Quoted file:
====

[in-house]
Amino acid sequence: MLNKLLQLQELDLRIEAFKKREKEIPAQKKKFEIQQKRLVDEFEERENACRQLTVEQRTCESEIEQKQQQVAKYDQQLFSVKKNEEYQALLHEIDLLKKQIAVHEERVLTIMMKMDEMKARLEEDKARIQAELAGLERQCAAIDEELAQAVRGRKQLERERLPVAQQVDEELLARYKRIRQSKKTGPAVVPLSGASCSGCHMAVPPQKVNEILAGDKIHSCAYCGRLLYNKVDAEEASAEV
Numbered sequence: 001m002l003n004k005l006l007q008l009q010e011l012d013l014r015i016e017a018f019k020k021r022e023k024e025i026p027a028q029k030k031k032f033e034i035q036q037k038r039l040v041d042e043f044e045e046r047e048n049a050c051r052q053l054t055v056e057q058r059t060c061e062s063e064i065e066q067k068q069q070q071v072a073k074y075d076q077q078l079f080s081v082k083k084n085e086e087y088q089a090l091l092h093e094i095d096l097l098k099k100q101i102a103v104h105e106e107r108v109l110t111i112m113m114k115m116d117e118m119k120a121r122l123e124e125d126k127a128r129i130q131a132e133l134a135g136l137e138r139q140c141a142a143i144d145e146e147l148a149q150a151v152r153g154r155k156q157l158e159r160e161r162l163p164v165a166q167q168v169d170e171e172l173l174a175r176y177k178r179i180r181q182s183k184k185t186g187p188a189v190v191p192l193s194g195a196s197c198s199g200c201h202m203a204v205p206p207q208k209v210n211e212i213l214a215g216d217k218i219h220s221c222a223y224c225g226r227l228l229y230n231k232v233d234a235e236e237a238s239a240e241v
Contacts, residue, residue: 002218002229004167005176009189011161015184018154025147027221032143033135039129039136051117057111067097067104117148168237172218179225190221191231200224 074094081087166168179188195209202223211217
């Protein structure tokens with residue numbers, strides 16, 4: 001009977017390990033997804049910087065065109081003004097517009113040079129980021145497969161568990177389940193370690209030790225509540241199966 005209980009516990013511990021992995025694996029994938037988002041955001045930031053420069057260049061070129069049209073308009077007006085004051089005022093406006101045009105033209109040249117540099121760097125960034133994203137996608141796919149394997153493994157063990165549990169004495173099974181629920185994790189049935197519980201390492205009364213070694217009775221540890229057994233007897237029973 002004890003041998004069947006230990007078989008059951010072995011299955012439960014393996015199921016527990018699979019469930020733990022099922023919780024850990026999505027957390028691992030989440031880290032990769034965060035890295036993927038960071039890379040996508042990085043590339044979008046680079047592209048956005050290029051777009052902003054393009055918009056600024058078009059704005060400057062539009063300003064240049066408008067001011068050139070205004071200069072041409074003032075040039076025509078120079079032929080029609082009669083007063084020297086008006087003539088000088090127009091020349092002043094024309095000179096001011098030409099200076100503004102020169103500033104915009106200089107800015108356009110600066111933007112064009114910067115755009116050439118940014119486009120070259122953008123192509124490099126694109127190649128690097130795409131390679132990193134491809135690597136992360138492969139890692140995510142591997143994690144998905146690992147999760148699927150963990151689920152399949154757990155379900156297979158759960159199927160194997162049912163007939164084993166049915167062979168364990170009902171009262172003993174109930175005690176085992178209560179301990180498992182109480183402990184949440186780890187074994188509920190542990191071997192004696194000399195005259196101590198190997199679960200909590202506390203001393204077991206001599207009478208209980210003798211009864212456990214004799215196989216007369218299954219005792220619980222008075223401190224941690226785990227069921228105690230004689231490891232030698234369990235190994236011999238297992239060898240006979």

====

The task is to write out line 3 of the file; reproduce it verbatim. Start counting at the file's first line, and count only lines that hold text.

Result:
Numbered sequence: 001m002l003n004k005l006l007q008l009q010e011l012d013l014r015i016e017a018f019k020k021r022e023k024e025i026p027a028q029k030k031k032f033e034i035q036q037k038r039l040v041d042e043f044e045e046r047e048n049a050c051r052q053l054t055v056e057q058r059t060c061e062s063e064i065e066q067k068q069q070q071v072a073k074y075d076q077q078l079f080s081v082k083k084n085e086e087y088q089a090l091l092h093e094i095d096l097l098k099k100q101i102a103v104h105e106e107r108v109l110t111i112m113m114k115m116d117e118m119k120a121r122l123e124e125d126k127a128r129i130q131a132e133l134a135g136l137e138r139q140c141a142a143i144d145e146e147l148a149q150a151v152r153g154r155k156q157l158e159r160e161r162l163p164v165a166q167q168v169d170e171e172l173l174a175r176y177k178r179i180r181q182s183k184k185t186g187p188a189v190v191p192l193s194g195a196s197c198s199g200c201h202m203a204v205p206p207q208k209v210n211e212i213l214a215g216d217k218i219h220s221c222a223y224c225g226r227l228l229y230n231k232v233d234a235e236e237a238s239a240e241v